The UK’s population is changing and aging, which is fuelled by improvements in life expectancy and a decrease in fertility. According to the UK’s Office of National Statistics, in 2016, there were 12m UK residents aged 65 years and over, representing 18% of the total population. 25 years before, in 1991, there were 9m, accounting for 16% of the population. By 2040, it is projected that there will be an additional 8m people aged 65 years and over in the UK: a population roughly the size of present-day London, which will account for 25% of the total population.
 
A report by Deloitte,  a consultancy, suggests that as people age so their propensity for illness increases and more than a quarter of the UK’s population of some 66m have long-term chronic illnesses. This places a significant extra burden on the nation’s overstretched primary care services by utilizing about half of all GP appointments. Deloitte’s analysis is supported by a British Medical Association’s 2019 GP Patient Survey, which found that GP clinics are now caring for 0.72m more patients than they were in 2018. Findings of a 2016 report by the UK’s Royal College of General Practitioners (RGCP), suggest that GPs see 1.3m patients a day and do more than 370m consultations annually: 60m more than in 2010. A research study on GP productivity carried out by the King’s Fund and also published in 2016, suggested that between 2010 and 2015 the total number of telephone consultations increased by 15%, but still only accounted for 1% of all patient-doctor consultations.
 
Shrinking supply of GPs
 
As the UK’s population has grown and aged and the consequent demand for healthcare has increased, so there has been a sustained fall in the number of GPs. This  dynamic is described in a Nuffield Trust report published in May 2019, which confirms the findings of a joint report from the Institute of Fiscal Studies and the Health Foundation for the NHS Confederation, which concluded that, “The fall in GPs per person reflects insufficient numbers previously being trained and going on to join NHS England, failure to recruit enough from abroad and more GPs leaving for early retirement”. As to the future, a  2019 report by three leading think tanks - the Nuffield Trust, the Health Foundation and the King's Fund - predicts that GP shortages in England will almost triple to 7,000 by 2024. According to NHS Statistics, Facts and Figures, currently there are just over 42,000 GPs working in England, down by nearly 1,500 since 2016.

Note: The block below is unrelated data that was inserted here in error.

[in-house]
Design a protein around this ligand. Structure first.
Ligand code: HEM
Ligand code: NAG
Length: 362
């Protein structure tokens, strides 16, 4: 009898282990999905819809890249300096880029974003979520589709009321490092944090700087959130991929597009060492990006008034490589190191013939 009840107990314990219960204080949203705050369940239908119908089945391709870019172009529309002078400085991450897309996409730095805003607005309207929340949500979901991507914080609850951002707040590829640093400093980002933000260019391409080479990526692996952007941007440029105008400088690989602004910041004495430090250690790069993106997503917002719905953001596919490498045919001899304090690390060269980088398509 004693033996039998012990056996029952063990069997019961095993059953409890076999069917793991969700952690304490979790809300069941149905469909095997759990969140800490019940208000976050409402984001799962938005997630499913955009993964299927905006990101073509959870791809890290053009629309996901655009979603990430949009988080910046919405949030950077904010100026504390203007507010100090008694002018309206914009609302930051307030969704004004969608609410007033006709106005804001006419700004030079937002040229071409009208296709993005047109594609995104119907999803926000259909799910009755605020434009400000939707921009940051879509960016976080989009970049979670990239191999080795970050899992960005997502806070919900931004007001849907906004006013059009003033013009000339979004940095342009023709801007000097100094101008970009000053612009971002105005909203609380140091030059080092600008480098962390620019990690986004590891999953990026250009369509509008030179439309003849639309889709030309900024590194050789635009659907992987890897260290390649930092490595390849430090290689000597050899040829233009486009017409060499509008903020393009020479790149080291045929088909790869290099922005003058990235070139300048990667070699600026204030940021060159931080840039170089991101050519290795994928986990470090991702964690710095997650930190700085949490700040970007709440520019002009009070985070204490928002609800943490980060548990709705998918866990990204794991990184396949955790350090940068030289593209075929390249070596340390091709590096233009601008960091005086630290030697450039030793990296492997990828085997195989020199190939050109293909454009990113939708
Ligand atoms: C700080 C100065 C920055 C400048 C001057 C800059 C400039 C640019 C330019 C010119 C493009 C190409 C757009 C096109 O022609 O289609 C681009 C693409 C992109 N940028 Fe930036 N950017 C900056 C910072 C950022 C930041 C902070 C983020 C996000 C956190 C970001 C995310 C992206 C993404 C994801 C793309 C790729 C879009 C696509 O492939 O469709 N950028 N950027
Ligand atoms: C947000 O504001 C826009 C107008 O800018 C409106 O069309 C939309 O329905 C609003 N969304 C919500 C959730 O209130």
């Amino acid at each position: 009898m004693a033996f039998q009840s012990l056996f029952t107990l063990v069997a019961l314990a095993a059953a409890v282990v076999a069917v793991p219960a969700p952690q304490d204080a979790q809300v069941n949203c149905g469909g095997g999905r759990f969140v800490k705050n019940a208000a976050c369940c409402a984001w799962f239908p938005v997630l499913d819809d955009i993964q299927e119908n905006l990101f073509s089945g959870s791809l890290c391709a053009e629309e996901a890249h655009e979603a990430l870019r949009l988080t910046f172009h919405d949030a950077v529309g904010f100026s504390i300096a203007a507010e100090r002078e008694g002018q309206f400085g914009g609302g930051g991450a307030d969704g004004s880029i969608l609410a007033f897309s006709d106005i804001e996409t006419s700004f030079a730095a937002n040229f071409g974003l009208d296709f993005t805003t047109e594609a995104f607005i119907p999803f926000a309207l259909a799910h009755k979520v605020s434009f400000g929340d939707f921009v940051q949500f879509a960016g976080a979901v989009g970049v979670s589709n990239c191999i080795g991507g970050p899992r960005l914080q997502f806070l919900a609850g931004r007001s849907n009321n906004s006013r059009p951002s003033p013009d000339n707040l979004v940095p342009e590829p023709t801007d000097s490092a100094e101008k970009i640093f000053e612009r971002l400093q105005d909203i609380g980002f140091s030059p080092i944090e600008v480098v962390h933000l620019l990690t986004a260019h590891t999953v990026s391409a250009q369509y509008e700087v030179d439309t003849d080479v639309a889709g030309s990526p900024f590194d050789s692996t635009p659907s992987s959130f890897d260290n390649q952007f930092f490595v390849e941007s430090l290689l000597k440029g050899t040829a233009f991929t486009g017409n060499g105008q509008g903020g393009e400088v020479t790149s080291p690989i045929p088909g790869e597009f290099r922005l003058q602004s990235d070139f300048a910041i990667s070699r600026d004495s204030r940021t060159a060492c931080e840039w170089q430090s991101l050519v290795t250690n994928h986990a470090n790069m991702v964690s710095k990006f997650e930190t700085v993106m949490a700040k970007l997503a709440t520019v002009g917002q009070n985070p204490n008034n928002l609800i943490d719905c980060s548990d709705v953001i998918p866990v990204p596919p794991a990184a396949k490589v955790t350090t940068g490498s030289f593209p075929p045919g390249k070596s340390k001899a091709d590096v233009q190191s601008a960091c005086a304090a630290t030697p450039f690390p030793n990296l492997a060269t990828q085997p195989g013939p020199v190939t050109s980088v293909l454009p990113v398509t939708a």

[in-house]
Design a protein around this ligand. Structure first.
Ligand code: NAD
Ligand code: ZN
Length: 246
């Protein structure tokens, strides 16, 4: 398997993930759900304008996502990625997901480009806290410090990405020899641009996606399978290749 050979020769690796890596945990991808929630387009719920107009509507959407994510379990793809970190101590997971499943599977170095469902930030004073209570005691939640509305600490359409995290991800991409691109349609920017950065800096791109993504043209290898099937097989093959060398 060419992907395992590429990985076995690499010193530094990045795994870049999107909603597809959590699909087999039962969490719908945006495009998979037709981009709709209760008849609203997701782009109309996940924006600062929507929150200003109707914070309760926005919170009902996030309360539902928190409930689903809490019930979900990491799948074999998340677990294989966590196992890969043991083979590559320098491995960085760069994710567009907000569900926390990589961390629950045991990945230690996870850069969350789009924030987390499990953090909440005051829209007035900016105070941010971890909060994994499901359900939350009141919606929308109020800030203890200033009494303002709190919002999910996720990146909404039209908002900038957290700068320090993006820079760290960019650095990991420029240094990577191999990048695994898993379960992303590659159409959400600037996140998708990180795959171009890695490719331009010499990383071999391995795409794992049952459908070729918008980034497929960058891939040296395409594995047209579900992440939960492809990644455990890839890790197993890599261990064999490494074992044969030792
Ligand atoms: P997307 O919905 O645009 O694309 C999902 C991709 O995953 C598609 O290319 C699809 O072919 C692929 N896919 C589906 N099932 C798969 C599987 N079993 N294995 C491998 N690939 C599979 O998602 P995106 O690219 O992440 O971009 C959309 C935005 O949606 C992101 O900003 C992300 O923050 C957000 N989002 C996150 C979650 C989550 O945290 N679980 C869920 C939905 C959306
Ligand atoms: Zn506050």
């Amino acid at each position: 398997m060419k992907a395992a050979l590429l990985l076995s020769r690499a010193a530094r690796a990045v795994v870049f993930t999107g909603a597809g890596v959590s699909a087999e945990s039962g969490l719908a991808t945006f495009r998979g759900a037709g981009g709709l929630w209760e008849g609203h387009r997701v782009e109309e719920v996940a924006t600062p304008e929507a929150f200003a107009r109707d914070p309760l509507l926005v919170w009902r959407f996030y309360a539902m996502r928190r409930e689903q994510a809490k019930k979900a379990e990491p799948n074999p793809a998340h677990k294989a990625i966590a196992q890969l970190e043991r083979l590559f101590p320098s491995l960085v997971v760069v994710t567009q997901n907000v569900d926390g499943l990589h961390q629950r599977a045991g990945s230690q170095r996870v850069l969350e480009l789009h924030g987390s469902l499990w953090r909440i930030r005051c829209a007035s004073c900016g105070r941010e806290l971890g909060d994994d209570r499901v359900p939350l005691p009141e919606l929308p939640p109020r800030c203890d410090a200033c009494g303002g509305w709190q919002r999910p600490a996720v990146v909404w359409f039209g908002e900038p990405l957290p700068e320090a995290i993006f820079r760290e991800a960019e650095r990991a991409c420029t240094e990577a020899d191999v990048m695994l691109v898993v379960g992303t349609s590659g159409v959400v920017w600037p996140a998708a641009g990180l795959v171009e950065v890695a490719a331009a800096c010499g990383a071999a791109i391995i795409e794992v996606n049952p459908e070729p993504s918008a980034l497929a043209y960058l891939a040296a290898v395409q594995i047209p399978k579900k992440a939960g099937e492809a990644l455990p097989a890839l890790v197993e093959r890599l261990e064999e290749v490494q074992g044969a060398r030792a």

Failure to stop or slow these trends means today, primary care services in England struggle with staff shortages and a rising demand for care. A 2019 Pulse Magazine survey found that  GPs in England are seeing more patients than is safe. A probe undertaken by The Times in 2019 suggested that the  national shortage of GPs has left some surgeries with one permanent doctor caring for as many as 11,000 patients and one in 10 GPs are seeing up to 60 patients a day, double the number considered safe.